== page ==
photo by Curt Richter
The John Malcolm Brinnin Memorial Event commanded a
full house at the San Carlos Institute last night to pay tribute to Richard
Wilbur, in whose honor this year’s Seminar is being held. The evening began with a performance
of two songs from the Broadway musical “Candide” by local singers Bruce Moore and Sandy Walters, accompanied by pianist Vincent Zito. First produced in 1956,
Wilbur collaborated to write the lyrics with composer Leonard Bernstein and
playwright Lillian Hellman.
Wilbur took the stage and was greeted by a
standing ovation. He wintered and wrote in Key West beginning in the 1960s, and
so he began the evening with a Key West poem, “Security Lights, Key West.” The poem likens the “glare of halogen” on the yards of a quiet block to “the settings
of some noble play.” The “pitch-black houses,” he concedes, may be the site of
great drama, as well.
He went on to read two tender poems about love and his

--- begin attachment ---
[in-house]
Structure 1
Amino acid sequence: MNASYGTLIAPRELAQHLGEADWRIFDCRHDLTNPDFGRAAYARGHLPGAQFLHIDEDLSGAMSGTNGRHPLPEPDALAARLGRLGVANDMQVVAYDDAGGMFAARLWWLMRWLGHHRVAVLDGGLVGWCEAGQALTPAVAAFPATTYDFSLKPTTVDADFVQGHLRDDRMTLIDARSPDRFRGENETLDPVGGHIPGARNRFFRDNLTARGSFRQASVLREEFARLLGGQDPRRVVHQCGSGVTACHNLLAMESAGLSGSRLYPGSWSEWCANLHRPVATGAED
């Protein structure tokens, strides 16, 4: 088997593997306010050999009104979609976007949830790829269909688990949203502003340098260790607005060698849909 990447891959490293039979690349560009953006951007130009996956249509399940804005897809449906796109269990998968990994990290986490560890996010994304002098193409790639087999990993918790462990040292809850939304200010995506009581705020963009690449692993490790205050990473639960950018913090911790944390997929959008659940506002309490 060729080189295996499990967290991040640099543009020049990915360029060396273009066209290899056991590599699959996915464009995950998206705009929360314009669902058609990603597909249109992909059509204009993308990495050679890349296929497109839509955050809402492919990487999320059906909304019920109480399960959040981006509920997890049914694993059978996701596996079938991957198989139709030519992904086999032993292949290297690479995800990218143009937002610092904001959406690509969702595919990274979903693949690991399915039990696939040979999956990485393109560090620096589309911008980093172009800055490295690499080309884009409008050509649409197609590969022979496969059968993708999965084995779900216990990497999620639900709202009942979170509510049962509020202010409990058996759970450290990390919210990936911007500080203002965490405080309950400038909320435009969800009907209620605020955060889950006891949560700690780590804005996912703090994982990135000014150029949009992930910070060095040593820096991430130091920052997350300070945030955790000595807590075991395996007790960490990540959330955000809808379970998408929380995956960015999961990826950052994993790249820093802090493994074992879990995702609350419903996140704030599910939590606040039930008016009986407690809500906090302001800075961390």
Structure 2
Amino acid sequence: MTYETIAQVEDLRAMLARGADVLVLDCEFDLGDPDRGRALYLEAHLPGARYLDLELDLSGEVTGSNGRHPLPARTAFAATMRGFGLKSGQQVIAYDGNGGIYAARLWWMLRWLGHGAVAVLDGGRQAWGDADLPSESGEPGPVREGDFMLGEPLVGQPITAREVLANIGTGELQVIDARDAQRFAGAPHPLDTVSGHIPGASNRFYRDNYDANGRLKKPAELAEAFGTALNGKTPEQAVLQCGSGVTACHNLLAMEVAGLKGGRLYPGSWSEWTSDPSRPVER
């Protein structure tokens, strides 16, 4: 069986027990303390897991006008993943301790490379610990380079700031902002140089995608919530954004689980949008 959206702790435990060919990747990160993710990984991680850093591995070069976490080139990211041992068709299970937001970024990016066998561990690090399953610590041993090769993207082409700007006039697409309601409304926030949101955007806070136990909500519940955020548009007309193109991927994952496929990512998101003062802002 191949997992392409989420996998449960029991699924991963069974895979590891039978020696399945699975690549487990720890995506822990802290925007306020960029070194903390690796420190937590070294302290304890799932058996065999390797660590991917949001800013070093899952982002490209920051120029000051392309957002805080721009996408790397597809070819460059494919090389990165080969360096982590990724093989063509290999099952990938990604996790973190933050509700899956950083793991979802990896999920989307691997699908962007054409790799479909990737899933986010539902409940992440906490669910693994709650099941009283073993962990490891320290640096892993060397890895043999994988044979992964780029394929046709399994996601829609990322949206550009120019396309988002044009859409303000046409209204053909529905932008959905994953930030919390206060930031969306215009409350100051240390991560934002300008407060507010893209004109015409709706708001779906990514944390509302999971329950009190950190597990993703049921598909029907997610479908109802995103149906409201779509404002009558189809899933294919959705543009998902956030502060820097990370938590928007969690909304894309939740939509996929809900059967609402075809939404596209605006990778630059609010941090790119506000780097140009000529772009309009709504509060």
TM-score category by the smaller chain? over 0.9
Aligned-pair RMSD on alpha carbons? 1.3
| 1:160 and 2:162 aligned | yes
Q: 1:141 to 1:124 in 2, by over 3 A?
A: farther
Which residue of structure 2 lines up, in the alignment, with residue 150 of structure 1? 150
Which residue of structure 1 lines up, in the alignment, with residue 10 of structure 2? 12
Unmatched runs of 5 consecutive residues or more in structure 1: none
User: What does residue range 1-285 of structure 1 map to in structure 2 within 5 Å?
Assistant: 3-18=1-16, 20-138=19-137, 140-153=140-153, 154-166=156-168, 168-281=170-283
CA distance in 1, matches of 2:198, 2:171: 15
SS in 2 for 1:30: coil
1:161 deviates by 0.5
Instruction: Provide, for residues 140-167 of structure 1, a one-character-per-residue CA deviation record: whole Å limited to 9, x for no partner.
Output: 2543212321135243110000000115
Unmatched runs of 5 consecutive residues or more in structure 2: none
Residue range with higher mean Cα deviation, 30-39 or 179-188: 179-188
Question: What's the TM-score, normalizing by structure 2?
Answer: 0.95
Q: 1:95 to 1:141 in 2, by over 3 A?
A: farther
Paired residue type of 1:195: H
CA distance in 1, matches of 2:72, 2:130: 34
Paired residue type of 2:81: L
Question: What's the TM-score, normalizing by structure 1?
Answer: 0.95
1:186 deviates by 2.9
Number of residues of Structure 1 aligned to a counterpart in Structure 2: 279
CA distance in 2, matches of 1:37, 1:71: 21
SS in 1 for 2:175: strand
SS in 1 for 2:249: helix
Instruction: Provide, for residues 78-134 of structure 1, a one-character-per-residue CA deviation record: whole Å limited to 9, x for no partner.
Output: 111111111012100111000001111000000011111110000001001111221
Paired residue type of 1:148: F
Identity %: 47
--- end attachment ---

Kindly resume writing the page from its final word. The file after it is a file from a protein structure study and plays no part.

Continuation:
late wife, “For Charlee” and “The House.” He also read from his forthcoming
book, “The Anteroom.” A portion of this book is dedicated to Wilbur’s translations of riddles, and it was with great animation that he shared a few with the crowd.
The riddle is a great from, he said, which unfortunately is usually seen only
in nursery rhymes.
He went on to read his poem, “The Writer,” for
which the name of this year’s seminar has borrowed his line “clearing the sill
of the world.” It was a great pleasure to hear him read this poem about his
In her room at the prow of the house
Where light breaks, and the windows are
tossed with linden,
My daughter is writing a story.
He concluded the night’s reading with short poems
from his children’s book “The Disappearing Alphabet.” In this, he illustrates
how detrimental the loss of a single letter would be. “For instance, any self
respecting DUCK/ Would rather be extinct than be an UCK.”
The evening ended with another standing ovation
and murmurings from the audience for more. Afterwards, the crowd assembled at
the historic Custom House for cocktails and dessert where Wilbur mingled
amongst poets, readers, and writers.